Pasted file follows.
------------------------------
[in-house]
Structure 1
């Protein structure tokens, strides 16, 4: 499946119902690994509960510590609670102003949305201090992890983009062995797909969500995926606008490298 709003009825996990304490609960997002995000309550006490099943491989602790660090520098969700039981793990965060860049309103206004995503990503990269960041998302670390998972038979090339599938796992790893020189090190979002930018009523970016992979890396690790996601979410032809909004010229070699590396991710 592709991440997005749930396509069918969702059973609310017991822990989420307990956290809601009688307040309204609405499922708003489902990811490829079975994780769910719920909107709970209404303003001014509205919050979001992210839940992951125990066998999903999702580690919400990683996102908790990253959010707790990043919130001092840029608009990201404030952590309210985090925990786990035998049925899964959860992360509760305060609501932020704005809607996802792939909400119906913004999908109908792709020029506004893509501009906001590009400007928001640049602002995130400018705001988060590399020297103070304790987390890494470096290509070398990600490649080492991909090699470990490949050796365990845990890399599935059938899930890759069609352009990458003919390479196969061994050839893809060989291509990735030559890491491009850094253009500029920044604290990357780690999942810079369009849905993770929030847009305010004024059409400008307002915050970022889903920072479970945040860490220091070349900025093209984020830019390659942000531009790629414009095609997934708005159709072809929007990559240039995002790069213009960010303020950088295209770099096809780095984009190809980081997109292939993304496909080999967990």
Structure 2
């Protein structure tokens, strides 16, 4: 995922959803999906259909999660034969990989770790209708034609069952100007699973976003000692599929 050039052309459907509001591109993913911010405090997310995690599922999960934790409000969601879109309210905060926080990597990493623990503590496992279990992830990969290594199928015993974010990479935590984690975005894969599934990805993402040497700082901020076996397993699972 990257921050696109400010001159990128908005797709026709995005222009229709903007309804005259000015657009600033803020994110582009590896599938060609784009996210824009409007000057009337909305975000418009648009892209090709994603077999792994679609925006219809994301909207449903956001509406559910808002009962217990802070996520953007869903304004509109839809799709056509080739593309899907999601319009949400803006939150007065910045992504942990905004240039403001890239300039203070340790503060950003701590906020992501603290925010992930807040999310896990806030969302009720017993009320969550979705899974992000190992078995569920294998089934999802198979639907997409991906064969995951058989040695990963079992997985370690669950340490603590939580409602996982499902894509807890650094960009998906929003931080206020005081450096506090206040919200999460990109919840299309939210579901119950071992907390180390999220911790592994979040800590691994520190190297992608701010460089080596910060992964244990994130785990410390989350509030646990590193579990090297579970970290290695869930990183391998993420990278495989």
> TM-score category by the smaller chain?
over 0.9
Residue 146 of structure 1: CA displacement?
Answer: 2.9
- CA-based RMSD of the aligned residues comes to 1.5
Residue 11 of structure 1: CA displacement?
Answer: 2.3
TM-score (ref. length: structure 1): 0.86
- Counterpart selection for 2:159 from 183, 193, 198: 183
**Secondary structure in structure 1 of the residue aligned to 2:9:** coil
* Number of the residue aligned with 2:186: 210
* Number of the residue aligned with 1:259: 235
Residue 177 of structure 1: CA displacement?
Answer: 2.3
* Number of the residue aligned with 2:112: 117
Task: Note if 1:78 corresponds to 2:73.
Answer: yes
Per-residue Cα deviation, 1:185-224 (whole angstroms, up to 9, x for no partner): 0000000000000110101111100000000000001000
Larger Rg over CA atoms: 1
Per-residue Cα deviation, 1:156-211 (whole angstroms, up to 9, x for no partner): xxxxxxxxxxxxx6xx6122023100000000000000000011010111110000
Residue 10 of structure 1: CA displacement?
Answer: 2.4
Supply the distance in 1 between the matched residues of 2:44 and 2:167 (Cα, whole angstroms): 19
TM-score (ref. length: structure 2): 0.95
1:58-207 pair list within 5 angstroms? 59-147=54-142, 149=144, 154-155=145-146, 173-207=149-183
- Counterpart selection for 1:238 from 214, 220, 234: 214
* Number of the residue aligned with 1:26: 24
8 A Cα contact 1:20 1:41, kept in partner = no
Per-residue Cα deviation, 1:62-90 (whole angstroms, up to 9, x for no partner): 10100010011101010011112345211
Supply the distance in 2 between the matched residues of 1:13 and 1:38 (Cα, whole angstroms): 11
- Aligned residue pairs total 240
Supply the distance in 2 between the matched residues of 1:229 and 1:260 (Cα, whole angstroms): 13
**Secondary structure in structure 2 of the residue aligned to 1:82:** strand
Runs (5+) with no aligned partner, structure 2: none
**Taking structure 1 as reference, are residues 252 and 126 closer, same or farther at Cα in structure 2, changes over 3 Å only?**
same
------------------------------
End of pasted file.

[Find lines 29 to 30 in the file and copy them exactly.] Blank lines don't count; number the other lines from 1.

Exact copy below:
TM-score (ref. length: structure 2): 0.95
1:58-207 pair list within 5 angstroms? 59-147=54-142, 149=144, 154-155=145-146, 173-207=149-183